Meta released a position paper regarding its most recent thoughts on regulation in the metaverse on December 2, 2022. Noting its ongoing work with the Metaverse Standards Forum (which Meta established in June 2022 and now has 1,800 organization members) , the position paper reaffirms Meta’s position that interoperability and portability are ultimately the key to the success of the metaverse.
While acknowledging that regulators and policy makers are paying considerable attention to the application of blockchain technology in the financial services sector (for example, cryptocurrency exchanges), Meta points out that “it is important to recognize that blockchain also has broad non- that may be critical to the economy of the metaverse”, i.e. blockchain-based non-financial NFTs.
The political declaration goes on to make three main points to regulators and policy makers:
- adopt a technology-neutral approach that focuses on “same risks, same rules”
- recognize that decentralized systems have a role to play in unlocking new economic opportunities by fostering innovation, competition, interoperability, and the portability of ownership and identity
- embrace greater collaboration between the public sector and industry as a key foundation for any future regulatory framework
Regarding the first point, Meta points out that many blockchain-based non-financial assets (for example, digital art) should be treated as they are in the physical world and, therefore, left largely unregulated. Meta goes on to suggest that consumer protection laws for the physical world may not be suitable for blockchain-based digital assets. Instead, “blockchain analytics” can sufficiently protect consumers when, for example, a digital artwork is sold. Meta points out that regulators can support economic innovation and creativity through treatment that “does not discriminate” against technology and “does not place undue demands on individual creators.”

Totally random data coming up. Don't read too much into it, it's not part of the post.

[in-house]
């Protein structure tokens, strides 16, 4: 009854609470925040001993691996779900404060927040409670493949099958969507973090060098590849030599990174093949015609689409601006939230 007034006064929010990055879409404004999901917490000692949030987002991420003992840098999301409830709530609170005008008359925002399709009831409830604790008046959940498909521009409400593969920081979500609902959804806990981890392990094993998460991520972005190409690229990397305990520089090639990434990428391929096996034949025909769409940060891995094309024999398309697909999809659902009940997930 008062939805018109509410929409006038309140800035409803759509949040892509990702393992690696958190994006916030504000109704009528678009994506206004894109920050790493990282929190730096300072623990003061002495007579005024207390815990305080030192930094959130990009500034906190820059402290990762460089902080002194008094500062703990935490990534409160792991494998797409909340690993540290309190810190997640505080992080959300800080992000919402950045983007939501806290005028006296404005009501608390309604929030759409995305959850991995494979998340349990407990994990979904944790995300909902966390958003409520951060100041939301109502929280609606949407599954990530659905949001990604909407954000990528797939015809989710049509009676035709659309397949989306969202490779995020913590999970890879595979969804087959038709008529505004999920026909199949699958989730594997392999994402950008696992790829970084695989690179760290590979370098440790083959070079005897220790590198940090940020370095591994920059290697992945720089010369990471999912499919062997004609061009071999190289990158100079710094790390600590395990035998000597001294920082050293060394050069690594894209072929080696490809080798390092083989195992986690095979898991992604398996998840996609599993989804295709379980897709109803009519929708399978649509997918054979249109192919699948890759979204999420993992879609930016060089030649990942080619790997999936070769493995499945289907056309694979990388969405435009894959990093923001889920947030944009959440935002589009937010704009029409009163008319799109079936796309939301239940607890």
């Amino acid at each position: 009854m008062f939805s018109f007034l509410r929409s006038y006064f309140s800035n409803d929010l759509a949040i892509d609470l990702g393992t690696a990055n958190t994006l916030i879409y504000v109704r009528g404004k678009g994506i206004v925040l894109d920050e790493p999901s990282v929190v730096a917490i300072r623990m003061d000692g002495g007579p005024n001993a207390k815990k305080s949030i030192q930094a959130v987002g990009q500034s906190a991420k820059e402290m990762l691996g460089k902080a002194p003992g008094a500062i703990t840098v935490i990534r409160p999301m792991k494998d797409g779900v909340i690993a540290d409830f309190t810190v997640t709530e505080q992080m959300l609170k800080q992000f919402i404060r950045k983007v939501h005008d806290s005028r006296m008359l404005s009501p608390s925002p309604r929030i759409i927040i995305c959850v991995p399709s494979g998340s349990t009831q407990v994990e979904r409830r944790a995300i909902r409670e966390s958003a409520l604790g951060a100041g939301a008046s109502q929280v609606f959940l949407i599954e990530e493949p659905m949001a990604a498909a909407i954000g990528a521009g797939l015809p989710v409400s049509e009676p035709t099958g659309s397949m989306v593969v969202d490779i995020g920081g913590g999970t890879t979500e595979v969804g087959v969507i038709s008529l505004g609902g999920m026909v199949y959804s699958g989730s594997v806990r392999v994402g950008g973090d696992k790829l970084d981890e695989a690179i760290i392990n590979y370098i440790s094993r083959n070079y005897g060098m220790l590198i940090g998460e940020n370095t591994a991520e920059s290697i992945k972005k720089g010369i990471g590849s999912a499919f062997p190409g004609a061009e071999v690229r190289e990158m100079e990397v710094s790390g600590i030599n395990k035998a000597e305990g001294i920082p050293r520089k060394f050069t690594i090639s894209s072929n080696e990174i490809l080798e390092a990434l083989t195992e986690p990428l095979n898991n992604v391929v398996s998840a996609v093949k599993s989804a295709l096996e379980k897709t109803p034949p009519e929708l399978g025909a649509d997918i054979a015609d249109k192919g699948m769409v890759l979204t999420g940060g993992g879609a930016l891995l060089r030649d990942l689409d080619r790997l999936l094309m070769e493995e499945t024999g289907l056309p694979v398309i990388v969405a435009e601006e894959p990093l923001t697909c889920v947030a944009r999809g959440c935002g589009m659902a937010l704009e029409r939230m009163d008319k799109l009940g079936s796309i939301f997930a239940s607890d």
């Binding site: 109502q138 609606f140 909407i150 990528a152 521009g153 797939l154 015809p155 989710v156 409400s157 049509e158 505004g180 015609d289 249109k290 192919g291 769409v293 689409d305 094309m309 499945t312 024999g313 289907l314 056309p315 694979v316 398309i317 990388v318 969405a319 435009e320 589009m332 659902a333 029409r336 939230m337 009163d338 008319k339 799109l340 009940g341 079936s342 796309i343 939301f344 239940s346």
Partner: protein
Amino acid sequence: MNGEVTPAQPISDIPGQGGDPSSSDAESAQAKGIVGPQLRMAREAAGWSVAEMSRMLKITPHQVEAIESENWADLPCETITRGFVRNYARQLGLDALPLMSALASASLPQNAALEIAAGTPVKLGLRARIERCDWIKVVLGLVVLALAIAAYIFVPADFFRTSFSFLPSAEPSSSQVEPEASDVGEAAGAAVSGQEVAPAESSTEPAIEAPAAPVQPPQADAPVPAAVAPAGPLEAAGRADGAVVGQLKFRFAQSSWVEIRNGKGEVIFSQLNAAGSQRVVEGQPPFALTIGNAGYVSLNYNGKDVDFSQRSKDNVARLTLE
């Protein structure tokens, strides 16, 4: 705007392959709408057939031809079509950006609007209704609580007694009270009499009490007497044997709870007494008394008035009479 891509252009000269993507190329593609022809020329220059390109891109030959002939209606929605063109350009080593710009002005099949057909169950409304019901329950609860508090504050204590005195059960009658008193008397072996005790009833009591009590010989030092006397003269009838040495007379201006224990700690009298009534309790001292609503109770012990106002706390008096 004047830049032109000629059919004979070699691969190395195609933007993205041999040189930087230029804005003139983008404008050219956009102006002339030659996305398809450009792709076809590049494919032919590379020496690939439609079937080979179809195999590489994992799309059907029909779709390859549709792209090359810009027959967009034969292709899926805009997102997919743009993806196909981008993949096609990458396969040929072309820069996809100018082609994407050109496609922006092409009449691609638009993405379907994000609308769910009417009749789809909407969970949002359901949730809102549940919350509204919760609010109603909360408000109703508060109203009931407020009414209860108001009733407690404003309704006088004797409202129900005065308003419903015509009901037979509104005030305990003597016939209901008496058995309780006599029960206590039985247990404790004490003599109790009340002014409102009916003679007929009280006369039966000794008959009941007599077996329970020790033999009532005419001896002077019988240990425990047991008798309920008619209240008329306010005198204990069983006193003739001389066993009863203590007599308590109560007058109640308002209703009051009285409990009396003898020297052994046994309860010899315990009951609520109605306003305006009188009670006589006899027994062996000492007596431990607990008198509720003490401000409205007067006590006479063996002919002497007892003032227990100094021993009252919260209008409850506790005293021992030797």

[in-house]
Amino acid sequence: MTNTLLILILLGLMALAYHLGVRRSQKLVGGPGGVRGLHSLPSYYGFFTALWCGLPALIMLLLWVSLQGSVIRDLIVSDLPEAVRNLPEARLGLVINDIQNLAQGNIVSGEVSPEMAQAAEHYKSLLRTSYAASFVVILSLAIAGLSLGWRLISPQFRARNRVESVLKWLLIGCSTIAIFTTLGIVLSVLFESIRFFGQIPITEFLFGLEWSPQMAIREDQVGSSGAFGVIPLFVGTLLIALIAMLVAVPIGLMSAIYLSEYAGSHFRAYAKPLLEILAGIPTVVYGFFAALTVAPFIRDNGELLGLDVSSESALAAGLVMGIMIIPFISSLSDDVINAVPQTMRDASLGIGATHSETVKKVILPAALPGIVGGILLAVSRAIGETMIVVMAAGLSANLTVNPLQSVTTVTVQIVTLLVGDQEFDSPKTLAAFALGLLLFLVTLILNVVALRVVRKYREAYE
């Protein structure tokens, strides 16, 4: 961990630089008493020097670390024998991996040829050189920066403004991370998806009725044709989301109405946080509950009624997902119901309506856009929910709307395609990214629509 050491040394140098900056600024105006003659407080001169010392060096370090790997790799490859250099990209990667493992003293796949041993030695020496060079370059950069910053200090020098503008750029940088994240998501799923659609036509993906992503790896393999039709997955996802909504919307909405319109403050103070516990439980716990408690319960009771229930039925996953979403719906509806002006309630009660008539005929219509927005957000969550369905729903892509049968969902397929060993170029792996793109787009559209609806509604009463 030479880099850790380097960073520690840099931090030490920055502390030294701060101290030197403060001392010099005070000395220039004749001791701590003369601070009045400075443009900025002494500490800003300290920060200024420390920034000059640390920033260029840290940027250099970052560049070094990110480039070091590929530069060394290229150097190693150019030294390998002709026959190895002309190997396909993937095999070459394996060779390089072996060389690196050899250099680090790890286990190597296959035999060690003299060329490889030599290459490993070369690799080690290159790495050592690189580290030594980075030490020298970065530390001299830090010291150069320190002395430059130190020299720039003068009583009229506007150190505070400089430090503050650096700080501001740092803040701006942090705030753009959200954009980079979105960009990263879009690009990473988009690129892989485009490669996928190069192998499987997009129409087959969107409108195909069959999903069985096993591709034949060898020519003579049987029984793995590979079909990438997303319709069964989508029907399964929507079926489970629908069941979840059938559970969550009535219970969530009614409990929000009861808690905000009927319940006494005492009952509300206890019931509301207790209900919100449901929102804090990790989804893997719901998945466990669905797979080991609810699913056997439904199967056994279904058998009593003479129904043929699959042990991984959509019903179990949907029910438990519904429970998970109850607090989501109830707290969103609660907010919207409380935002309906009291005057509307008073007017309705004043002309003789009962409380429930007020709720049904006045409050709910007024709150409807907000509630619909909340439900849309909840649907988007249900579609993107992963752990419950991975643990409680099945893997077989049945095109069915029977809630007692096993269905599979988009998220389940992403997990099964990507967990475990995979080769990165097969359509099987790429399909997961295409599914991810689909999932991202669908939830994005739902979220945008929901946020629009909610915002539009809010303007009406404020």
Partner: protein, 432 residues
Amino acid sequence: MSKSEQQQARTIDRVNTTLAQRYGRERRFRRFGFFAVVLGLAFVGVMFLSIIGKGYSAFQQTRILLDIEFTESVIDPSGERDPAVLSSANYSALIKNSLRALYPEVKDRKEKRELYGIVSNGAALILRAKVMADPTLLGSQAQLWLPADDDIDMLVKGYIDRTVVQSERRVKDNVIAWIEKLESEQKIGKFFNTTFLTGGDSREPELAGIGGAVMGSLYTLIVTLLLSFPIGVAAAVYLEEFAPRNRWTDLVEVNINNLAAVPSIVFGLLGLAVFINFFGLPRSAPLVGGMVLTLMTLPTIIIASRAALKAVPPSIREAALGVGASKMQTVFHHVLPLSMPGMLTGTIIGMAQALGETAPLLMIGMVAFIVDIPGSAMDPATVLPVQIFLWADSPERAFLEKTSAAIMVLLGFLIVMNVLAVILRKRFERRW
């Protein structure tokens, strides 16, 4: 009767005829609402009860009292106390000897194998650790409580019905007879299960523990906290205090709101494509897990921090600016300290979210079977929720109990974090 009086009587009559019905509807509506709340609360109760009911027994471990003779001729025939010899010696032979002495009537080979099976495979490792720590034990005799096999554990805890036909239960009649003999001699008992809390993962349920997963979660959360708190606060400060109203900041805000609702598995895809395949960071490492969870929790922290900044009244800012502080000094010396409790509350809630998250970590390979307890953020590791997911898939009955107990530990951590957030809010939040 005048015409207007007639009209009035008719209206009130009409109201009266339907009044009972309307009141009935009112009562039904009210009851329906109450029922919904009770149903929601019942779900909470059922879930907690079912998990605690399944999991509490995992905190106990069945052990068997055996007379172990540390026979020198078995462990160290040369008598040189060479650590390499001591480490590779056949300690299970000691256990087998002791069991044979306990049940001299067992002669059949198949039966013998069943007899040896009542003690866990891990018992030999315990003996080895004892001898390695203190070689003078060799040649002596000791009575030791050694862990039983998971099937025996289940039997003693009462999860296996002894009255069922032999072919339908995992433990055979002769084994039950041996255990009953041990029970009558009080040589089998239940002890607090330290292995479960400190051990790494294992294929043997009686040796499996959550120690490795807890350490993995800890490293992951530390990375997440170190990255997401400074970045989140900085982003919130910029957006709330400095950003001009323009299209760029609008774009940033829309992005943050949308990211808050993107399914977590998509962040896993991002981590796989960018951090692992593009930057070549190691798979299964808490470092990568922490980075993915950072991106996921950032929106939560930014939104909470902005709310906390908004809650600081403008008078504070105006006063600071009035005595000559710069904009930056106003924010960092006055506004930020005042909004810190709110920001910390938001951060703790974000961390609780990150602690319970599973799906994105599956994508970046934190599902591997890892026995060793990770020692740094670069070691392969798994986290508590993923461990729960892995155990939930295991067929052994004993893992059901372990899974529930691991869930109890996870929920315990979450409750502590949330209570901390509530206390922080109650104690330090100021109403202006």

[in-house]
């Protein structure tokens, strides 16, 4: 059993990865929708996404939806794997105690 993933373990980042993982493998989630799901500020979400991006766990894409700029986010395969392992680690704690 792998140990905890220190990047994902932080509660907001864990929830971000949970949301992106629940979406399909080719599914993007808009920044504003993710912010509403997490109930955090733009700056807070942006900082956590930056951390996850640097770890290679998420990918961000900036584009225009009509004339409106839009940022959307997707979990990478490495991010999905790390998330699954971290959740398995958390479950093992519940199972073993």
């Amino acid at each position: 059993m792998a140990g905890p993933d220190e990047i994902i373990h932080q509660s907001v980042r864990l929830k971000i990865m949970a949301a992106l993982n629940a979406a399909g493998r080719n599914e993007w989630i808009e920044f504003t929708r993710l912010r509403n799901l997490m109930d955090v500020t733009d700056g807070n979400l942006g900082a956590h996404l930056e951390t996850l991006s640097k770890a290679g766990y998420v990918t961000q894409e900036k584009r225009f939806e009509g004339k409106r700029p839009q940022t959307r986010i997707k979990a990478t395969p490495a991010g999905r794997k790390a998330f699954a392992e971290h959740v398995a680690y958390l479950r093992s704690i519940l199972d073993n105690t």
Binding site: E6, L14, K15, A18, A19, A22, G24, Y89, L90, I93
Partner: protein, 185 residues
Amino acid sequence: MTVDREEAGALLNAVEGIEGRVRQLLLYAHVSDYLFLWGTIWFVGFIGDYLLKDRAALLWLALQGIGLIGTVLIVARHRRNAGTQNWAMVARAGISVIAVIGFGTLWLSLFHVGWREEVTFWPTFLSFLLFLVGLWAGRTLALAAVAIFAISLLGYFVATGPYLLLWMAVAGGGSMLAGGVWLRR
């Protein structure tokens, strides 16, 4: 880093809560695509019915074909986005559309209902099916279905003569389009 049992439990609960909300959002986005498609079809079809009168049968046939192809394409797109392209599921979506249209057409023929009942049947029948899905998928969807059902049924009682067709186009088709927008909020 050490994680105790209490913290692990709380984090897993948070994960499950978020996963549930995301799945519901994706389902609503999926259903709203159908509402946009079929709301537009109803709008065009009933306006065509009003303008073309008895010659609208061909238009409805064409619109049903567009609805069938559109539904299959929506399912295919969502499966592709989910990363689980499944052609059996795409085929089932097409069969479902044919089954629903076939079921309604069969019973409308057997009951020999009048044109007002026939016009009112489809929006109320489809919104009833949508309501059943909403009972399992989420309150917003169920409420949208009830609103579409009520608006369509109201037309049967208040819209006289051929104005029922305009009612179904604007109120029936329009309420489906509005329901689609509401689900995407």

As for the second point, Meta hopes that regulators take into account the characteristics of a decentralized environment. Meta hopes regulators will focus on these principles and not rush to impose new rules. Meta recognizes that companies have a central role to play in developing effective and secure user experiences. But he also argues that decentralization and the use of blockchain-based assets can be used on a large scale to promote easy portability of digital assets (possibly across different metaverses), with acceptance largely established so that digital assets don’t leak. their value if their original associated environment fails.
This approach could have interesting interactions with the brand new article 12 of the UCC, which regulates digital assets. Article 12 emphasizes control of the digital asset, in contrast to the physical possession associated with many traditional forms of collateral. Several states have already adopted Article 12.
Meta’s third and final point emphasizes the need for cross-jurisdictional standards given that the metaverse will transcend state and national boundaries. Meta warns of “burdensome local data storage requirements” posing challenges for cross-border applications, but encourages regulators and companies to work together to establish industry standards for proof of identity among users of the metaverse. Meta rightly points out that a unified approach to identity creation and related privacy protection is critical to creating secure and cost-effective virtual environments.